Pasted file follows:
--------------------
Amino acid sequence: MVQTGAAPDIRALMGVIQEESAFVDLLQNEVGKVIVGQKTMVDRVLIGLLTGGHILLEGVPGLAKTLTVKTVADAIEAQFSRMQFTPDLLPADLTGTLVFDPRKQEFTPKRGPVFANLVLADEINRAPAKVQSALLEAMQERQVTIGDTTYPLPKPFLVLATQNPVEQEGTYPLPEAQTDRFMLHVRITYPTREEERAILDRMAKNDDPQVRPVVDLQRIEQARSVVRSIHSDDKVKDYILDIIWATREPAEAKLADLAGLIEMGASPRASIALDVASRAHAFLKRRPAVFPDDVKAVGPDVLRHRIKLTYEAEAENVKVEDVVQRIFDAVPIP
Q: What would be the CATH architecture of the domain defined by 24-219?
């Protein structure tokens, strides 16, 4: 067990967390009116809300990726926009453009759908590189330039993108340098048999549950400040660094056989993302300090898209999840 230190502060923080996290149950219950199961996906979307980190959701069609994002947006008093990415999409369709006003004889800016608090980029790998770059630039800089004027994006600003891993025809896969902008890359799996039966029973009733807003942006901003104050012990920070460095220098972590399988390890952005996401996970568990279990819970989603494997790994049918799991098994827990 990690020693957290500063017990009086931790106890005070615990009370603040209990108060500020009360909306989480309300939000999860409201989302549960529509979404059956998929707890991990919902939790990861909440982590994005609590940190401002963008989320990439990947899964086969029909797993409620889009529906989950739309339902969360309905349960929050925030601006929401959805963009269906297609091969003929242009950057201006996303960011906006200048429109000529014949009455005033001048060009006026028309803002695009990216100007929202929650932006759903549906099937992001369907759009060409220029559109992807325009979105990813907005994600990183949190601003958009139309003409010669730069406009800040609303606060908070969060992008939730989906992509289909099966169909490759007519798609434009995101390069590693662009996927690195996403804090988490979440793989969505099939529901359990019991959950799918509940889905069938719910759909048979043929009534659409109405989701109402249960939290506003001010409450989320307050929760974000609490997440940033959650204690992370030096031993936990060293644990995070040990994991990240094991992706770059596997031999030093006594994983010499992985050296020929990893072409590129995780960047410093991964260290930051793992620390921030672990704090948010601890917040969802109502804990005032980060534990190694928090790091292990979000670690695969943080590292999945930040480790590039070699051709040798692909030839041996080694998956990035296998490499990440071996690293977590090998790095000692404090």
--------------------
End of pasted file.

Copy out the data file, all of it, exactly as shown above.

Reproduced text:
Amino acid sequence: MVQTGAAPDIRALMGVIQEESAFVDLLQNEVGKVIVGQKTMVDRVLIGLLTGGHILLEGVPGLAKTLTVKTVADAIEAQFSRMQFTPDLLPADLTGTLVFDPRKQEFTPKRGPVFANLVLADEINRAPAKVQSALLEAMQERQVTIGDTTYPLPKPFLVLATQNPVEQEGTYPLPEAQTDRFMLHVRITYPTREEERAILDRMAKNDDPQVRPVVDLQRIEQARSVVRSIHSDDKVKDYILDIIWATREPAEAKLADLAGLIEMGASPRASIALDVASRAHAFLKRRPAVFPDDVKAVGPDVLRHRIKLTYEAEAENVKVEDVVQRIFDAVPIP
Q: What would be the CATH architecture of the domain defined by 24-219?
């Protein structure tokens, strides 16, 4: 067990967390009116809300990726926009453009759908590189330039993108340098048999549950400040660094056989993302300090898209999840 230190502060923080996290149950219950199961996906979307980190959701069609994002947006008093990415999409369709006003004889800016608090980029790998770059630039800089004027994006600003891993025809896969902008890359799996039966029973009733807003942006901003104050012990920070460095220098972590399988390890952005996401996970568990279990819970989603494997790994049918799991098994827990 990690020693957290500063017990009086931790106890005070615990009370603040209990108060500020009360909306989480309300939000999860409201989302549960529509979404059956998929707890991990919902939790990861909440982590994005609590940190401002963008989320990439990947899964086969029909797993409620889009529906989950739309339902969360309905349960929050925030601006929401959805963009269906297609091969003929242009950057201006996303960011906006200048429109000529014949009455005033001048060009006026028309803002695009990216100007929202929650932006759903549906099937992001369907759009060409220029559109992807325009979105990813907005994600990183949190601003958009139309003409010669730069406009800040609303606060908070969060992008939730989906992509289909099966169909490759007519798609434009995101390069590693662009996927690195996403804090988490979440793989969505099939529901359990019991959950799918509940889905069938719910759909048979043929009534659409109405989701109402249960939290506003001010409450989320307050929760974000609490997440940033959650204690992370030096031993936990060293644990995070040990994991990240094991992706770059596997031999030093006594994983010499992985050296020929990893072409590129995780960047410093991964260290930051793992620390921030672990704090948010601890917040969802109502804990005032980060534990190694928090790091292990979000670690695969943080590292999945930040480790590039070699051709040798692909030839041996080694998956990035296998490499990440071996690293977590090998790095000692404090």